While never a fan of the larger than life personality or the attempts to be the center of the narrative in Oakland, Baltimore, New York, and Anaheim, I strongly disagree. Reggie was a dominant offensive force for better than a decade and a quality contributor for years afterwards despite playing his best years in a horrible offensive stadium. Since he was picking on WAR in the article linked, we can look at that. He was, at the time he retired the 39th in career WAR for position players (and is now 55th compared to Rice's 204th). Just as offensive players (and Rice doesn't add anything defensively or on the basepaths over Reggie), Rice led the AL in OPS+ once compared to four times for Reggie. Ignoring his central role in the very beginnings of free agency and his larger than life personality and focusing only on his on-field performance, to not think that he doesn't belong in the Hall suggests either a misunderstanding of his performance or a Hall that only has Ruth, Cobb, Wagner and Johnson.
   29. Walt Davis Posted: October 18, 2012 at 05:20 PM (#4275746)
Reggie has parlayed one game in 1977 (in which two of his three home runs really didn't matter) into a lifelong legacy as Mr. Clutch. Despite his robust .227 average in the ALCS as Howie alludes to

Yes, a lifetime 227 BA in the ALCS.

Oh, wait, there's another round of the playoffs after that? I never knew. In the exhibition games ridiculously known as the World Series (where's the Netherlands?), Mr. Jackson hit:

357/457/755 with 10 HR in 116 PA

I'm only just learning about this baseball stuff but it's my understanding those would be considered good numbers.

Jackson's teams played in 5 WS and won 4 of them. Even in the one they lost he hit 333/429/667.
   30. Monty Posted: October 18, 2012 at 05:25 PM (#4275758)
Then he had an MVP conversation.


"Conversation" implies that he let the other guy get a word in occasionally.
   31. SoSH U at work Posted: October 18, 2012 at 09:08 PM (#4276116)
Since he was picking on WAR in the article linked, we can look at that. He was, at the time he retired the 39th in career WAR for position players (and is now 55th compared to Rice's 204th). Just as offensive players (and Rice doesn't add anything defensively or on the basepaths over Reggie),


Except for adding more value than him at both of them (at least according to that WAR thing you were mentioning).

Rice is not a deserving Hall of Famer (and Reggie clearly is). But Jim Ed was a much better all-around player than he gets credit for around here.

   32. Howie Menckel Posted: October 18, 2012 at 09:32 PM (#4276140)
I believe it was 35 years ago today that Reggie hit more HR on 3 pitches than the Yankees had hits in the entire game today.

And that 3-HR barrage off 3 different pitchers was epic.

per No. 29: I salute your interest in presenting the whole picture of Reggie's postseason career. I imagine you harrumphing anytime you hear "Mr. October" or hear talk about how clutch Reggie was in the postseason.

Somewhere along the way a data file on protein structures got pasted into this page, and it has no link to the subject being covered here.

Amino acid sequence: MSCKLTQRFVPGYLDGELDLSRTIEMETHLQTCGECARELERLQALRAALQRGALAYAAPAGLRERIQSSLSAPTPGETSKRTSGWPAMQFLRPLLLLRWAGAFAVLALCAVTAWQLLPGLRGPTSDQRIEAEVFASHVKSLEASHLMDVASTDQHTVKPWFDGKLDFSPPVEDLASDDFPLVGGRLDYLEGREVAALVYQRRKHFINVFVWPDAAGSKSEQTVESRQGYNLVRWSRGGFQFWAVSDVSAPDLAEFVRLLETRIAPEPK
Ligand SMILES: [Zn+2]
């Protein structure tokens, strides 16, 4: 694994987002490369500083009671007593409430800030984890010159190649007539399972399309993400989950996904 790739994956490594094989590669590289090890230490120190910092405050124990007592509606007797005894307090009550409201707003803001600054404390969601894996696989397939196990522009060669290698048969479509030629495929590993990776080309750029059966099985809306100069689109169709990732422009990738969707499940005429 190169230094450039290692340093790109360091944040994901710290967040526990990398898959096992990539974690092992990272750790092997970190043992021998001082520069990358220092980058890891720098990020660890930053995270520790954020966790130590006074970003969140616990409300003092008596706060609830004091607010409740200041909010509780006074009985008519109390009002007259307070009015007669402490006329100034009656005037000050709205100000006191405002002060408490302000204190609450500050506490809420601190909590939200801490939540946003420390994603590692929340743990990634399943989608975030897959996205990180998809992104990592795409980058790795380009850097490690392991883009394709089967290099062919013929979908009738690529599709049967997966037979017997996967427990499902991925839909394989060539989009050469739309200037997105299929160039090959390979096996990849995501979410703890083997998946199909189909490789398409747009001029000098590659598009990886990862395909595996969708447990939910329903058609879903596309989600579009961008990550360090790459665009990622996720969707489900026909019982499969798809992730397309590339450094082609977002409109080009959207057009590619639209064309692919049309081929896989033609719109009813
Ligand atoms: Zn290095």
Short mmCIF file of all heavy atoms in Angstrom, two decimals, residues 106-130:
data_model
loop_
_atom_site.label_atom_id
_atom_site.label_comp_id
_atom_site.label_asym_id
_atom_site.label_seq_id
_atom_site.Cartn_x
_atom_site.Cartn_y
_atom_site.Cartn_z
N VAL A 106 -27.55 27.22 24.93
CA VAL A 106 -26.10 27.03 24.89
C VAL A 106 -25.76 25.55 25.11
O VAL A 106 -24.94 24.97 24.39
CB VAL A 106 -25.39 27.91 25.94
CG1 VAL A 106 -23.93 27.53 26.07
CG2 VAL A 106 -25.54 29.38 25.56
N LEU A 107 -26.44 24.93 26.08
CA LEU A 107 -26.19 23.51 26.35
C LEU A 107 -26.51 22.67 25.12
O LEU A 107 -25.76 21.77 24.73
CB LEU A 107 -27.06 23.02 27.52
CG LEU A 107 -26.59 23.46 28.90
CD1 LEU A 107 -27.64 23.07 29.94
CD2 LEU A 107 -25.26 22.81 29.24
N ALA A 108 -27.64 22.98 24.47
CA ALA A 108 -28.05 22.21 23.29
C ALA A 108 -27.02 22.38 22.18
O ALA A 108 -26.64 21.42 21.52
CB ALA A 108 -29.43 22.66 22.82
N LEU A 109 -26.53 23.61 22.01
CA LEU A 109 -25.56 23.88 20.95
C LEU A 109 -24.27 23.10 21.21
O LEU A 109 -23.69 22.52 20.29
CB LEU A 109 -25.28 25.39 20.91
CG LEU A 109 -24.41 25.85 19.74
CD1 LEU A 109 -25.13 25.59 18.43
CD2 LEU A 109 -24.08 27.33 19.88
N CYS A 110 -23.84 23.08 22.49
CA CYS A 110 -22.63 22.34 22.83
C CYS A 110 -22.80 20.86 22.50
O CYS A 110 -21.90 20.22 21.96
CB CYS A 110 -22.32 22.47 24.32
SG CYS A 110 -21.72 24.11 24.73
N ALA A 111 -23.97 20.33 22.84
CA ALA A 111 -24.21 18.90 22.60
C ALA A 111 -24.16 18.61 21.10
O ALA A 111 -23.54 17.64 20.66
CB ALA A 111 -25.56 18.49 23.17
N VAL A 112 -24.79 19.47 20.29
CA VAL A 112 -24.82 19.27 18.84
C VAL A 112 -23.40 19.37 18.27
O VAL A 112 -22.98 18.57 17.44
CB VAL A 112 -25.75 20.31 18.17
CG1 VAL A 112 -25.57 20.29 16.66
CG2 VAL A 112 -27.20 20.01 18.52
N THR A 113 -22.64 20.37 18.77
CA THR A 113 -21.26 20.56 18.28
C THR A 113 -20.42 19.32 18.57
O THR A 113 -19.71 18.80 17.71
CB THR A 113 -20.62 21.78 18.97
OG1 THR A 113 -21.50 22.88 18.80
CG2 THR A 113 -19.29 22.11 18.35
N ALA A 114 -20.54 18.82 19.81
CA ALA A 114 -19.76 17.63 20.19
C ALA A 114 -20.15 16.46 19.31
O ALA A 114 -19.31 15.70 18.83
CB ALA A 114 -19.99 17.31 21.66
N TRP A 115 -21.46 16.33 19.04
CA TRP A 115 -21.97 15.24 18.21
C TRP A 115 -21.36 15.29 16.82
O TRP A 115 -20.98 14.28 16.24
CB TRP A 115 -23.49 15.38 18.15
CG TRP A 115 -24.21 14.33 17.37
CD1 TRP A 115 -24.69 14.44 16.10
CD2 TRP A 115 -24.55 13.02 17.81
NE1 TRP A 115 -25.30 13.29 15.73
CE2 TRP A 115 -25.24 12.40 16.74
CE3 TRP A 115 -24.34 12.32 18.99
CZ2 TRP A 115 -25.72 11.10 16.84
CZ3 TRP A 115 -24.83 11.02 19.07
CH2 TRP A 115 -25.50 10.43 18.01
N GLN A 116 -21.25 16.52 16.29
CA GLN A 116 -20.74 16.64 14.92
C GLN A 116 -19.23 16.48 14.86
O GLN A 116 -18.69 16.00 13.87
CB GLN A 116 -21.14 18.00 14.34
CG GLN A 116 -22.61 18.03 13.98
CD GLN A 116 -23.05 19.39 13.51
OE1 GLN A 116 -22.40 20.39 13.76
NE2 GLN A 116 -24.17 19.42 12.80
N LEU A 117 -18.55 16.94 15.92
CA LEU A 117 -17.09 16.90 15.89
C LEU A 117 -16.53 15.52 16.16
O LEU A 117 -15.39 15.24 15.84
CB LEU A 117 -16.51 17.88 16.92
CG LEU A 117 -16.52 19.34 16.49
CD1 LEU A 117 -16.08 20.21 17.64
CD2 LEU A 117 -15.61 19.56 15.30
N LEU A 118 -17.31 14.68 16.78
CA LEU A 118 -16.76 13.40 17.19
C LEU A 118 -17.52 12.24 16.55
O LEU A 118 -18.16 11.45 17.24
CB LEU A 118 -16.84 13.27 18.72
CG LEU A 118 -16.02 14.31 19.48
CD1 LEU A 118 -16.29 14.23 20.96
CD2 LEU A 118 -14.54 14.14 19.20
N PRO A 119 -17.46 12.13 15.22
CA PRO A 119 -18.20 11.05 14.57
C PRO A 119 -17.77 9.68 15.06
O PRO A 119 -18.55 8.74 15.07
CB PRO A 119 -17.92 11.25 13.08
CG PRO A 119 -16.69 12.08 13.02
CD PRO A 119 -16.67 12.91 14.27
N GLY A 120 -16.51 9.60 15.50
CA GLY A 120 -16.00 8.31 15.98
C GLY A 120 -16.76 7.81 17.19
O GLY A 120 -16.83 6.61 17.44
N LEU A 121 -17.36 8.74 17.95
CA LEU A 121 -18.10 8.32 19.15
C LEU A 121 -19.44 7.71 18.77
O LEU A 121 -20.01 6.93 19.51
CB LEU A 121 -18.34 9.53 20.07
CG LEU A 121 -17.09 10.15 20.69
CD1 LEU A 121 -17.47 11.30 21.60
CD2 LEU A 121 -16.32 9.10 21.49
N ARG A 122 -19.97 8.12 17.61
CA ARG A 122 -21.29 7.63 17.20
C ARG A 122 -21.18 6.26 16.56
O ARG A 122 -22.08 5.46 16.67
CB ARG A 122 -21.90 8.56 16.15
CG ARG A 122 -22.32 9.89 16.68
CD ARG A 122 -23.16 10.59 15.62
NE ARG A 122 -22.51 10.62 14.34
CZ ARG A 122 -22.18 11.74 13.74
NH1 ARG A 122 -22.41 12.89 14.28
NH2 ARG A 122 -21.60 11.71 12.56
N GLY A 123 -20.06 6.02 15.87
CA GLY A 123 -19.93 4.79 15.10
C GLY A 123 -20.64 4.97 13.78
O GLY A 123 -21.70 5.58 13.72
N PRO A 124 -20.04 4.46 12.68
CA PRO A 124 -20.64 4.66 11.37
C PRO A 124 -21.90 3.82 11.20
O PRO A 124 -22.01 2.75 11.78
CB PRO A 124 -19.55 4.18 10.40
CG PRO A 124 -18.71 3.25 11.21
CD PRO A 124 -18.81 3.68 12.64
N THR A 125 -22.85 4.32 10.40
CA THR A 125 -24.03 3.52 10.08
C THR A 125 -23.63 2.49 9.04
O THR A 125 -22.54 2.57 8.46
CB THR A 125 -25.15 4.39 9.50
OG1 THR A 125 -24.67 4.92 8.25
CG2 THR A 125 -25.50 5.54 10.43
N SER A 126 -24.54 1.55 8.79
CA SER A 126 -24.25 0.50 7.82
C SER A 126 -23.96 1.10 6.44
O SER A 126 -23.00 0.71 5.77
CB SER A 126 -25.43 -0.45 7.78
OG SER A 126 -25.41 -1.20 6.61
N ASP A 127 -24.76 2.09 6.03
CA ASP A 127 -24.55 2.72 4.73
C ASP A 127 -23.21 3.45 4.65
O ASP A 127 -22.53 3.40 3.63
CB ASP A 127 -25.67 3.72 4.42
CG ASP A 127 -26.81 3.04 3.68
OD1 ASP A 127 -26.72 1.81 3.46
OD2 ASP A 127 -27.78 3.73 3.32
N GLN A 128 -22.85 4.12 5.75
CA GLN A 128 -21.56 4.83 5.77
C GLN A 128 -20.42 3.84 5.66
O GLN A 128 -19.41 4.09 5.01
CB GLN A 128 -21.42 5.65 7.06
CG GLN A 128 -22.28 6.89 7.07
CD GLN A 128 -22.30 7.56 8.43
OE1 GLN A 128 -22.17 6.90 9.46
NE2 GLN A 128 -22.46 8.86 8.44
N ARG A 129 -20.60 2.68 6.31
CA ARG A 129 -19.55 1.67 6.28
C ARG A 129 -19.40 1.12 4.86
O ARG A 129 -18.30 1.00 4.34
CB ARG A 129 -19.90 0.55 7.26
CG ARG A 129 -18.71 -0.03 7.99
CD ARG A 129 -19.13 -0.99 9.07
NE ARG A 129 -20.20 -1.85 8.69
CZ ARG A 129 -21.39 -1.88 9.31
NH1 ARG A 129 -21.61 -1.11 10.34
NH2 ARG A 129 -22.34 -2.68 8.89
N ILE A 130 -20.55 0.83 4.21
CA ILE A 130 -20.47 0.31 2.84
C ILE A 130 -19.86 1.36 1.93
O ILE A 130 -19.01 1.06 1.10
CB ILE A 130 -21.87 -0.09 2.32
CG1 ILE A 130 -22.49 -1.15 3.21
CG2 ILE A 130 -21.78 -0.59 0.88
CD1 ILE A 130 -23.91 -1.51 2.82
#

I love Reggie's WS drama, but the fact is that if his teammates didn't bail him out in the ALCS so often, people would have seen him as a guy who couldn't handle "the big stage."

Agreed?


   33. Walt Davis Posted: October 18, 2012 at 11:36 PM (#4276315)
Agreed?

Who knows? Maybe folks would have been throwing around that label about him. But then, who cares?

If your point is that the labelling of who can/can't handle the pressure is bollocks based on small sample sizes, I'll agree with that. But that wasn't the point I was responding to. I was responding to this nonsense (which I quoted for crying out loud):

Reggie has parlayed one game in 1977 (in which two of his three home runs really didn't matter) into a lifelong legacy as Mr. Clutch. Despite his robust .227 average in the ALCS as Howie alludes to

I think we can agree that another 7 HR in his other 113 WS PA had something to do with it too right? That a 755 SLG in the WS is kinda impressive right?

His WS SLG is 6th all-time and he has more than twice as many PA as anybody ahead of him. His OPS is also 6th and the same thing about PAs (Ruth and Gehrig are just behind him in both with more PAs). He's in the top 10 in TB, HR, RBI despite having fewer (often many fewer) PA than everybody ahead of him.

Adjust for PA and he was probably the 3rd best WS hitter of all-time and almost certainly no worse than 5th.

And some Reggie ALCS performances (delightfully cherry-picked)

71: 333/333/917 -- A's lost
74: 167/412/250 -- A's won ... 5 BB in 4 games from Baltimore? Methinks he was being pitched around
75: 417/417/667 -- A's lost
78: 462/529/1000 -- Yanks won
81 ALDS: 333/429/667 -- Yanks won

He had a lot of huge stinkers but he didn't always disappear in the ALCS. 74 was kinda amazing all around as he added another 5 BB in 5 games in the WS for a total of 10 BB in 36 PA. TEH FEAR!!
   34. Misirlou has S.C.M.O.D.S Posted: October 18, 2012 at 11:42 PM (#4276321)
In the exhibition games ridiculously known as the World Series (where's the Netherlands?), Mr. Jackson hit:

357/457/755 with 10 HR in 116 PA



Jackson's teams played in 5 WS and won 4 of them. Even in the one they lost he hit 333/429/667.


Choker.
   35. Howie Menckel Posted: October 19, 2012 at 12:23 AM (#4276339)

"If your point is that the labeling of who can/can't handle the pressure is bollocks based on small sample sizes, I'll agree with that."

ok
the rest of your comment was to a different poster, so peace in our time.